Patriot’s Day, April 15, 2013


Patriot’s Day
April 15, 2013
On a perfect spring afternoon, sirens interrupt my raking. Racing down the road a quarter mile away, they drown the church bells announcing the hour and move on. My thoughts are on the sirens a hundred miles away where foot sore runners, every muscle aching, saw their triumph obliterated, exploding into loss. And we across the nation, who had already checked the stats and postings, are snared in the vortex of media, watching and waiting.
A triumphal day commemorating freedom becomes another day of tragedy. Our souls rise up from the shadows of our forefathers, questioning the threats but find no ready answers. Who did this? Why? Is this the work of invaders or some misguided youth? On the cornerstone of freedom, no quick answers wait. And so we pause, a moment of silence.
We mourn the dead. We cry for the injured. We linger, brushing away our tears, searching for resolutions that may never cross the finish line.


About theonceandfutureemptynest

Transitions! Every couple has them: First newlyweds; then parents, then empty nesters. After raising three girls, our nest was empty--just my husband, myself, and three dogs. I taught English to middle school and high school students; my husband was a corporate drudge. Life was good. We went on vacations, had romantic dinners, and enjoyed the peace and quiet. Then a daughter came home. We relocated from California to Connecticut and found ourselves on new adventures.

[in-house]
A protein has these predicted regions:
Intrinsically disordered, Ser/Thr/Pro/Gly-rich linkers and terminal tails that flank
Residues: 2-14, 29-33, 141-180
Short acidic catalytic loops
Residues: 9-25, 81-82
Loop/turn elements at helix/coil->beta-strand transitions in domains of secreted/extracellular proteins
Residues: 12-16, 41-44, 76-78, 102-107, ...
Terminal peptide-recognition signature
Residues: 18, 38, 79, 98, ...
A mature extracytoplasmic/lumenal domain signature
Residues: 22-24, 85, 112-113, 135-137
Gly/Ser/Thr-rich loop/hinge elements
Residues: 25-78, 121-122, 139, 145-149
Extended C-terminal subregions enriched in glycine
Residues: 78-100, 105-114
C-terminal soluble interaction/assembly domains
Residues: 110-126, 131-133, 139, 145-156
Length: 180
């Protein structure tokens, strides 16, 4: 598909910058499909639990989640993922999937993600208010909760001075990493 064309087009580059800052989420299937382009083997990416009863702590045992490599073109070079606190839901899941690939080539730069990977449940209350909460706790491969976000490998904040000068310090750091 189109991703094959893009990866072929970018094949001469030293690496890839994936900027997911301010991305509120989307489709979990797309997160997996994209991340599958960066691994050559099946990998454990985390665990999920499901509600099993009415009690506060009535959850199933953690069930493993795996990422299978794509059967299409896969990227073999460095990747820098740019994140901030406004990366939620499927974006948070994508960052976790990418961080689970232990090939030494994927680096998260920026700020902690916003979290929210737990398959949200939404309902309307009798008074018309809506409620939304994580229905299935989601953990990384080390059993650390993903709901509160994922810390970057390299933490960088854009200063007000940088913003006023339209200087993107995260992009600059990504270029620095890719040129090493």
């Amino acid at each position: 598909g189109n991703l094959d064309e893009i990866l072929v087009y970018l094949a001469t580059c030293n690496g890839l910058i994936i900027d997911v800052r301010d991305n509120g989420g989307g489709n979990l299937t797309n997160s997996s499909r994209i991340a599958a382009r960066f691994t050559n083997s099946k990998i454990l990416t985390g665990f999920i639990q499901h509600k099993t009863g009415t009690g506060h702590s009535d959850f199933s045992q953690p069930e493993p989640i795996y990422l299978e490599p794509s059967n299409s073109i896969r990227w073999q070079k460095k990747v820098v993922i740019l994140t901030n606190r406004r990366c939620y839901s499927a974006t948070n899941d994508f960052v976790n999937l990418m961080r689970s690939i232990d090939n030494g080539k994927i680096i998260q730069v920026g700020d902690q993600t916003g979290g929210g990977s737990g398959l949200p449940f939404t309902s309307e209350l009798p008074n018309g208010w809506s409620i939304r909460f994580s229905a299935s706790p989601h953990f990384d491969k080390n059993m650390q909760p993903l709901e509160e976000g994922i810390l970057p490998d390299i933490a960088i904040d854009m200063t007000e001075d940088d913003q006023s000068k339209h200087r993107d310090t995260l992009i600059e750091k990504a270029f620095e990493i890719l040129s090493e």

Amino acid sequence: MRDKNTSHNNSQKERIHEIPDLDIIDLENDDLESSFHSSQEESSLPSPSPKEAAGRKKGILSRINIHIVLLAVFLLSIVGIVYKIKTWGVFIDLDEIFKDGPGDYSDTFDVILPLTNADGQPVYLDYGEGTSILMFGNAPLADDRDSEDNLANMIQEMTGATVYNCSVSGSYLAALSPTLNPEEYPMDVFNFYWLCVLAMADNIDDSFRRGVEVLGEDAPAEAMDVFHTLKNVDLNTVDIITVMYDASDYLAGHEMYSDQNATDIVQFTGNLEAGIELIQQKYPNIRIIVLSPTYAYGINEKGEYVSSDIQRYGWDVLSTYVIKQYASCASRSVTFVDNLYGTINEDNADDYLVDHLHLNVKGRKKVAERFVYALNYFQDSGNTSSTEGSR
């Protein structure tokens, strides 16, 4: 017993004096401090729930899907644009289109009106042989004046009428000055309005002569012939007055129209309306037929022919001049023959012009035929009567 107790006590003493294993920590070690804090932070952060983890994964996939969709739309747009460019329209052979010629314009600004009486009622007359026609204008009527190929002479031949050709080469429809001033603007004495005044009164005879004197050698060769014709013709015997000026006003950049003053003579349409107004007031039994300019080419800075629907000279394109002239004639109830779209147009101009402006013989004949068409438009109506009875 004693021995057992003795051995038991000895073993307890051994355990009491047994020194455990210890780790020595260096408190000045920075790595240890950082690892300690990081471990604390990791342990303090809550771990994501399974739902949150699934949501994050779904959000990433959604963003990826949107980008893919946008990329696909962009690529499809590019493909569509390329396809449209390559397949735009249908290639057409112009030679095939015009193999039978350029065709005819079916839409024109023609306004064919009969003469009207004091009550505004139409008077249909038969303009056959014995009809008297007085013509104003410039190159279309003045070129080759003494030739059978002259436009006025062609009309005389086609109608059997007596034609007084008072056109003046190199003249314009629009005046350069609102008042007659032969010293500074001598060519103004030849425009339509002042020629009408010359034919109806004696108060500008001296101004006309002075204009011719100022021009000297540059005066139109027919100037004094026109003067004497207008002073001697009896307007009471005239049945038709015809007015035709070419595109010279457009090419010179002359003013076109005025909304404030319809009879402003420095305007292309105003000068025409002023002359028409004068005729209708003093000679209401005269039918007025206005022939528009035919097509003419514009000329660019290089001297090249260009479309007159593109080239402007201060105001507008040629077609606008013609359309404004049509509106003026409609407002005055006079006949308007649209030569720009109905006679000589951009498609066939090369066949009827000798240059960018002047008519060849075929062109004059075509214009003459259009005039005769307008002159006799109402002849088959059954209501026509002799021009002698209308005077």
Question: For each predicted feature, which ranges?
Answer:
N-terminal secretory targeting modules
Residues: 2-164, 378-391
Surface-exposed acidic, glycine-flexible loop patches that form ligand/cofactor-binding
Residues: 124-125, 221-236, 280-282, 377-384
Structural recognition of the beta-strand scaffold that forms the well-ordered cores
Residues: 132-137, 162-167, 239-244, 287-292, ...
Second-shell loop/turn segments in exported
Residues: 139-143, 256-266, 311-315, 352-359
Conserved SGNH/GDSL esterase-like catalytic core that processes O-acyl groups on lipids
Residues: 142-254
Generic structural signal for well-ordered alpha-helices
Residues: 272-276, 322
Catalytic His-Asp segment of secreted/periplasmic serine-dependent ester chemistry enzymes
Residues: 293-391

This entry was posted in community, life, Life in Connecticut, New England and tagged , . Bookmark the permalink.

2 Responses to Patriot’s Day, April 15, 2013

  1. Ginny says:

    I told Dana yesterday that it grieves me that the world our generation is leaving her and future generations is nothing like the one we grew up in.

  2. I watch my grandson and I think about today’s world, especially sitting in the shadow of Newtown. Sometimes I see a ray of hope in the strength of our children. I learned about the explosion at the marathon because Liz saw it on a newsfeed. We became glued to the television. I found myself thinking about you and Marcia, and teaching on 9/11, itself a day of infamy. That was one of the most difficult days of my teaching career, of my life. Every generation has its moments to rise up and show the world who we are. This is one. But these moments are so hard.

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